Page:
, , , ,

Yesterday was Memorial Day in the United States. Or perhaps tomorrow is, if you follow the old ways.

Memorial Day was an ad hoc tradition from the days of the Civil War. It was sometimes known as “Decoration Day.” The decorations, in this case, being the ones that would be taken to the graves of fallen soldiers. A few years after the war’s end, consolidation of the holiday occurred. The date of May 30th was supposedly chosen for its lack of significance to any particular battle.

In 1971, the official date was changed, along with other Federal holidays, to make it the last Monday in May, thus creating a 3-day weekend. The holiday had also long become, not a Civil War memorial, but a memorial for all servicemen killed in the line of duty.

The tradition of lamenting those who fail to remember the true spirit of the holiday also goes back at least 100 years. The Grand Army of the Republic, a fraternal organization of Civil War Veterans, was one of the strongest proponents for the holiday and its observation. They used the date to help push their political agenda (pensions, mostly) as well as urging a solemn and dignified celebration (family were urged to keep their war veterans sober). By the turn of the century, they are on record as complaining about the “younger generation” who “forget the purpose of Memorial Day and make it a day for games, races and revelry, instead of a day of memory and tears.” This is one tradition we keep strong.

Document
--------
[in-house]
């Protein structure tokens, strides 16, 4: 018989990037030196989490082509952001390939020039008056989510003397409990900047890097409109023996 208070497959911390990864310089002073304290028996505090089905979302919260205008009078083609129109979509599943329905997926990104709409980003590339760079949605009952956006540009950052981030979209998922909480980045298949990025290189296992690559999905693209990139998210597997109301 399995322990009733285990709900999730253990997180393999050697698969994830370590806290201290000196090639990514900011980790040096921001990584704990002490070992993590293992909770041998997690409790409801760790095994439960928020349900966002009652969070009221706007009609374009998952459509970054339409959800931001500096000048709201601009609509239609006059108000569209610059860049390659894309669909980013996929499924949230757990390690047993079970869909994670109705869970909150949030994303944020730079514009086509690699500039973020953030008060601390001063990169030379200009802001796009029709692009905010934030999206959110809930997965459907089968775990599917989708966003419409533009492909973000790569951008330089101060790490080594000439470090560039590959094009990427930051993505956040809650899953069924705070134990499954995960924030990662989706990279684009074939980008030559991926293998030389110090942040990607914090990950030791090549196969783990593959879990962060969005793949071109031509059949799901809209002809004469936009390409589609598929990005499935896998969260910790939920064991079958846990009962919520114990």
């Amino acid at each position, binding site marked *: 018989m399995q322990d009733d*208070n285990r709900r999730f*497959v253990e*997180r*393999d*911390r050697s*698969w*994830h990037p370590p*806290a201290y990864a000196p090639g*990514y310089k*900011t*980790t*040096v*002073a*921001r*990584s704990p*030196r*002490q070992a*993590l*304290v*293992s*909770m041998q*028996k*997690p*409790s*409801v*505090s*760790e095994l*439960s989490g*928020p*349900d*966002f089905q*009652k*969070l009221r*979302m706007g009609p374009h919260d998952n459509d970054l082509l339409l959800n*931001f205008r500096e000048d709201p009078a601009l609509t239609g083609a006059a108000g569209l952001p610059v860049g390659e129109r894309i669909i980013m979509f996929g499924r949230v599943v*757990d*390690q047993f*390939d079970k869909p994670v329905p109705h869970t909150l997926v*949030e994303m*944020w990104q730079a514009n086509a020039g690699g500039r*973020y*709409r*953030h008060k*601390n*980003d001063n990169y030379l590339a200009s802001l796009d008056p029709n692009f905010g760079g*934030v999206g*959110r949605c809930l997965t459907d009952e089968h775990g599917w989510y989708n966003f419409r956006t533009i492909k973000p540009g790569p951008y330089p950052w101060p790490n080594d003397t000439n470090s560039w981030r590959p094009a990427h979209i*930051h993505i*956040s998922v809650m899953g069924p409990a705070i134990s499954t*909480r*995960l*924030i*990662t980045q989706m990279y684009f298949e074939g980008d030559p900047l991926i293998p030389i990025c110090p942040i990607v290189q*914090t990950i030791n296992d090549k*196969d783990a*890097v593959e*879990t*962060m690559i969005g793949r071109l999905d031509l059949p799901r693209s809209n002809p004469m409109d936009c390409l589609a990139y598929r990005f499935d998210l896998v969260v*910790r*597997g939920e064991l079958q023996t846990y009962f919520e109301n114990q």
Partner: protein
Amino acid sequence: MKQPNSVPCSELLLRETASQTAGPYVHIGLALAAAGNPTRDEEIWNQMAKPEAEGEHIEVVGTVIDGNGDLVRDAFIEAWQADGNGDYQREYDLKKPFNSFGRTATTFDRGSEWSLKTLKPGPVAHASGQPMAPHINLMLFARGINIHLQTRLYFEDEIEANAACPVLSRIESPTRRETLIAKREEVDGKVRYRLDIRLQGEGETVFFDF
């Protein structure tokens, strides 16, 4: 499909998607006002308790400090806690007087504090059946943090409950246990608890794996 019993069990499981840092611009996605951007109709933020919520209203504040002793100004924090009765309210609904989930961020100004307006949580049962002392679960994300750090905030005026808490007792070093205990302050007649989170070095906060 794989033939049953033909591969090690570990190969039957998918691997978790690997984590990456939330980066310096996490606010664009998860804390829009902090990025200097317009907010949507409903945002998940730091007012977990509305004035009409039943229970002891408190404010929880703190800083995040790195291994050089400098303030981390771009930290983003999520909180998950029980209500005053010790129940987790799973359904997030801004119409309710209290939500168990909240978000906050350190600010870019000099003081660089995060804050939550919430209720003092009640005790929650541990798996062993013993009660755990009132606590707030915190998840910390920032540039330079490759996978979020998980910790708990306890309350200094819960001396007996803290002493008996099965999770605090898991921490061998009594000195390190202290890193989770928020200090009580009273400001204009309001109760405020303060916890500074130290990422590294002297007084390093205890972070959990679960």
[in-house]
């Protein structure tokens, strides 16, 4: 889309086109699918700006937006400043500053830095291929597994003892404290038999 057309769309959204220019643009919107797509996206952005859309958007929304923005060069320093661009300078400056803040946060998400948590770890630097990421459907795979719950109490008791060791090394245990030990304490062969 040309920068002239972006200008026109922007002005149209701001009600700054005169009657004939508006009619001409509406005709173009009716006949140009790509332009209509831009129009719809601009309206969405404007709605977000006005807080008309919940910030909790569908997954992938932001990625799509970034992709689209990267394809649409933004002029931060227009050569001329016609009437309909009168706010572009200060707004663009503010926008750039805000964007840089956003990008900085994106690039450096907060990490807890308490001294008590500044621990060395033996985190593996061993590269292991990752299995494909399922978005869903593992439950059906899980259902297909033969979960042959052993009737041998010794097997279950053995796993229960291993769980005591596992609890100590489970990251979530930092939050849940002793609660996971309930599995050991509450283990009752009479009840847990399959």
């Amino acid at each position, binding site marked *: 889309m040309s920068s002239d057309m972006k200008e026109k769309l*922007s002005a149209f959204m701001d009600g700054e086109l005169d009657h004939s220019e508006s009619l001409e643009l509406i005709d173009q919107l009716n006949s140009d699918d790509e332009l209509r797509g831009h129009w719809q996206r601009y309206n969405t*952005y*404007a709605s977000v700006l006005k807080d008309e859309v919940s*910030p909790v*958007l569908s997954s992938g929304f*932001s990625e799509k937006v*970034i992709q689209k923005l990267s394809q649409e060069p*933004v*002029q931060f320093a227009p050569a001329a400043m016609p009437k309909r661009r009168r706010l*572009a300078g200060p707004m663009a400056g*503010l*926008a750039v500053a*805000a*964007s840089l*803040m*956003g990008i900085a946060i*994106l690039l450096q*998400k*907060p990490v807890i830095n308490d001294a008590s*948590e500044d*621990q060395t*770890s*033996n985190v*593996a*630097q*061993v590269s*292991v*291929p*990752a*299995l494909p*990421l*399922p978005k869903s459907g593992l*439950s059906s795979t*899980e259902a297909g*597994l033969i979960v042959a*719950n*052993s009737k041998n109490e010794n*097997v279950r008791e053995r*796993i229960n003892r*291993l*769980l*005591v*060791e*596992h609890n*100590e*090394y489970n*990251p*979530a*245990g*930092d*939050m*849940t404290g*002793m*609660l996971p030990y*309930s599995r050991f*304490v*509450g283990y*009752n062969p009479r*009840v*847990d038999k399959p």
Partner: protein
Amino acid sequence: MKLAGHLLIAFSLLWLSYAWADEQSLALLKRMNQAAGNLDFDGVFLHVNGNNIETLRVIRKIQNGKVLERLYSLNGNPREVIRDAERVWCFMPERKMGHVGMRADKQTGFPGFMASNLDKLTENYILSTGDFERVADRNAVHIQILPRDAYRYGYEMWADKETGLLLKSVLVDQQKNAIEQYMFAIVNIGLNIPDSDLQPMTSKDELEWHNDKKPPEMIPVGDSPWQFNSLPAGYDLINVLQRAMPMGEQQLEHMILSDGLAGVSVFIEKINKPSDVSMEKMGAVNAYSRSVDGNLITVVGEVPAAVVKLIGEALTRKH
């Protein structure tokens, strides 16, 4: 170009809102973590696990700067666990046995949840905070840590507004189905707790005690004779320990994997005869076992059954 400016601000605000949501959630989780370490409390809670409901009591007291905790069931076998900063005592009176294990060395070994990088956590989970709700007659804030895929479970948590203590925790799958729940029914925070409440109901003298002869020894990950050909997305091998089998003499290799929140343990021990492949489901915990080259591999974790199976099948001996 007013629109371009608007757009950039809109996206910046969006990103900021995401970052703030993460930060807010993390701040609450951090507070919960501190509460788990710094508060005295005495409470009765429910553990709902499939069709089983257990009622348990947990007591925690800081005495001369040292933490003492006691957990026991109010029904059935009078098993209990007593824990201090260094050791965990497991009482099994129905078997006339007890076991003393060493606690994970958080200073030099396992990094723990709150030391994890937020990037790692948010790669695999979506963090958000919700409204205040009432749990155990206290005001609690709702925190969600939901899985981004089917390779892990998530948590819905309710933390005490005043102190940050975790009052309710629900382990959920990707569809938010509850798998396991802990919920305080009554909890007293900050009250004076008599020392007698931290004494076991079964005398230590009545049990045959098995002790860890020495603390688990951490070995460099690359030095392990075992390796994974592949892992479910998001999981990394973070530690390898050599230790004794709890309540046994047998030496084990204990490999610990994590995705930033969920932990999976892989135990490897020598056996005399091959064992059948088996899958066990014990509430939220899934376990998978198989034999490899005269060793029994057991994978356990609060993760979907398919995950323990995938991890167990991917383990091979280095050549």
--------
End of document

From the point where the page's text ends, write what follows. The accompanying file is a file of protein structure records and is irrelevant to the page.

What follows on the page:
For myself, I did not engage in races and revelry yesterday. I cannot credit this to a superior character as it was a little too cold out for merry-making.  My celebration of Memorial Day consisted of rewatching the film We Were Soldiers.

I have seen it said online as well as heard it from Vietnam War veterans that We Were Soldiers is the best Vietnam War film yet made. Hal Moore has spoken favorably of Mel Gibson’s portrayal of him. I cannot speak to that. However, young me spent some years on military bases around that time and there are a handful of scenes that, despite being mere actors doing their thing, absolutely capture the mannerisms and bearing the 1960s American officer.

Since the film was released, both General Moore and Sgt. Major Plumley have passed on. May they, and all those who died in America’s wars, rest in peace.